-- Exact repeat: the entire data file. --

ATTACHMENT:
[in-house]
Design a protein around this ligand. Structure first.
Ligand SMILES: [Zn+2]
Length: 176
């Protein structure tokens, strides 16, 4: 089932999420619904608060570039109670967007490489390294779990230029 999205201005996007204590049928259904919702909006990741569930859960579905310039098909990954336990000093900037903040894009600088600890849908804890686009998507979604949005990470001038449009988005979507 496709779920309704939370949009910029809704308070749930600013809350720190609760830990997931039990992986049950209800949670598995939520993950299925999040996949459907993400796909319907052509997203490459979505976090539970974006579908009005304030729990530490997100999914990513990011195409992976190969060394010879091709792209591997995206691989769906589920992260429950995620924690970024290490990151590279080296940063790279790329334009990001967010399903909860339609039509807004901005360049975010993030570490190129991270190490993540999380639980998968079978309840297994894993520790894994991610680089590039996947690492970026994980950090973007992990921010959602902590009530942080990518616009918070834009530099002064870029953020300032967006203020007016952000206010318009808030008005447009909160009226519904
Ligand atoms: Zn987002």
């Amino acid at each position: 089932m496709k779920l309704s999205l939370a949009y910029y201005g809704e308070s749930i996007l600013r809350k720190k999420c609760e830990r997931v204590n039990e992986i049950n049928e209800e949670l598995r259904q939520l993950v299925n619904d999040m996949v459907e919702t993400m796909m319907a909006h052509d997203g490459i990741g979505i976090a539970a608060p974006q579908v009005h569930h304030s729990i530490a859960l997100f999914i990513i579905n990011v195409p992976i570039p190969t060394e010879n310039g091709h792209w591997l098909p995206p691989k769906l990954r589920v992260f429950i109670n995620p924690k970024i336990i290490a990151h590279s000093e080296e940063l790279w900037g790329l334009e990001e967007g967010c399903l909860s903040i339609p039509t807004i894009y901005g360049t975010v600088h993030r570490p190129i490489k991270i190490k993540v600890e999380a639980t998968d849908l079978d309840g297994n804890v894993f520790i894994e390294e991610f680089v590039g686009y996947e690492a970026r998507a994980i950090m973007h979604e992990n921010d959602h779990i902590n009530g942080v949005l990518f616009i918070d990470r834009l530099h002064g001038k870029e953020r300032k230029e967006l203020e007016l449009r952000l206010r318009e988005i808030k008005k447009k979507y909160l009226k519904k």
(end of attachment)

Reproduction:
[in-house]
Design a protein around this ligand. Structure first.
Ligand SMILES: [Zn+2]
Length: 176
């Protein structure tokens, strides 16, 4: 089932999420619904608060570039109670967007490489390294779990230029 999205201005996007204590049928259904919702909006990741569930859960579905310039098909990954336990000093900037903040894009600088600890849908804890686009998507979604949005990470001038449009988005979507 496709779920309704939370949009910029809704308070749930600013809350720190609760830990997931039990992986049950209800949670598995939520993950299925999040996949459907993400796909319907052509997203490459979505976090539970974006579908009005304030729990530490997100999914990513990011195409992976190969060394010879091709792209591997995206691989769906589920992260429950995620924690970024290490990151590279080296940063790279790329334009990001967010399903909860339609039509807004901005360049975010993030570490190129991270190490993540999380639980998968079978309840297994894993520790894994991610680089590039996947690492970026994980950090973007992990921010959602902590009530942080990518616009918070834009530099002064870029953020300032967006203020007016952000206010318009808030008005447009909160009226519904
Ligand atoms: Zn987002």
């Amino acid at each position: 089932m496709k779920l309704s999205l939370a949009y910029y201005g809704e308070s749930i996007l600013r809350k720190k999420c609760e830990r997931v204590n039990e992986i049950n049928e209800e949670l598995r259904q939520l993950v299925n619904d999040m996949v459907e919702t993400m796909m319907a909006h052509d997203g490459i990741g979505i976090a539970a608060p974006q579908v009005h569930h304030s729990i530490a859960l997100f999914i990513i579905n990011v195409p992976i570039p190969t060394e010879n310039g091709h792209w591997l098909p995206p691989k769906l990954r589920v992260f429950i109670n995620p924690k970024i336990i290490a990151h590279s000093e080296e940063l790279w900037g790329l334009e990001e967007g967010c399903l909860s903040i339609p039509t807004i894009y901005g360049t975010v600088h993030r570490p190129i490489k991270i190490k993540v600890e999380a639980t998968d849908l079978d309840g297994n804890v894993f520790i894994e390294e991610f680089v590039g686009y996947e690492a970026r998507a994980i950090m973007h979604e992990n921010d959602h779990i902590n009530g942080v949005l990518f616009i918070d990470r834009l530099h002064g001038k870029e953020r300032k230029e967006l203020e007016l449009r952000l206010r318009e988005i808030k008005k447009k979507y909160l009226k519904k």